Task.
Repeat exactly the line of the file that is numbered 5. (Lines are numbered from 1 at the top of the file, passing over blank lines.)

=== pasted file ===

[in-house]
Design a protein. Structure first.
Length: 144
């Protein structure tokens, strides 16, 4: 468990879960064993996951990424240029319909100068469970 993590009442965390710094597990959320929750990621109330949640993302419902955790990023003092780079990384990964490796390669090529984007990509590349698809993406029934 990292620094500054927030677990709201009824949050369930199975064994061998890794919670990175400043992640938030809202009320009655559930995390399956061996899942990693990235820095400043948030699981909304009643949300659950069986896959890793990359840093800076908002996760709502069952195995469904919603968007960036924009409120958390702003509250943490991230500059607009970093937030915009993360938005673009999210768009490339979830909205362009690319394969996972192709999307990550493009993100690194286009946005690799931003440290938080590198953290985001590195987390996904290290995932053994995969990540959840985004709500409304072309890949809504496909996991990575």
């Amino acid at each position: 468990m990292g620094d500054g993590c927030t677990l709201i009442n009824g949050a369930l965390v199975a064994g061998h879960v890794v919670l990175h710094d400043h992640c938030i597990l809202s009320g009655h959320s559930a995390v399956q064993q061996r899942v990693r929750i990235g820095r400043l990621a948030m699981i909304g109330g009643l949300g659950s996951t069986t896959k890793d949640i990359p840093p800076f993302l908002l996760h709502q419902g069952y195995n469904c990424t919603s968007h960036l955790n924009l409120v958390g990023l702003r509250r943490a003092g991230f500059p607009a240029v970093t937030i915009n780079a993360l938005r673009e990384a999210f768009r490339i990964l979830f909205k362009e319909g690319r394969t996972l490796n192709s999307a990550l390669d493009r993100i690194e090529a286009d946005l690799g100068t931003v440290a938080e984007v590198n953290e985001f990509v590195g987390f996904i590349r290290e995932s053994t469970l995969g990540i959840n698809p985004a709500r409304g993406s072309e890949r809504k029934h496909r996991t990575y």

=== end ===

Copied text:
């Amino acid at each position: 468990m990292g620094d500054g993590c927030t677990l709201i009442n009824g949050a369930l965390v199975a064994g061998h879960v890794v919670l990175h710094d400043h992640c938030i597990l809202s009320g009655h959320s559930a995390v399956q064993q061996r899942v990693r929750i990235g820095r400043l990621a948030m699981i909304g109330g009643l949300g659950s996951t069986t896959k890793d949640i990359p840093p800076f993302l908002l996760h709502q419902g069952y195995n469904c990424t919603s968007h960036l955790n924009l409120v958390g990023l702003r509250r943490a003092g991230f500059p607009a240029v970093t937030i915009n780079a993360l938005r673009e990384a999210f768009r490339i990964l979830f909205k362009e319909g690319r394969t996972l490796n192709s999307a990550l390669d493009r993100i690194e090529a286009d946005l690799g100068t931003v440290a938080e984007v590198n953290e985001f990509v590195g987390f996904i590349r290290e995932s053994t469970l995969g990540i959840n698809p985004a709500r409304g993406s072309e890949r809504k029934h496909r996991t990575y």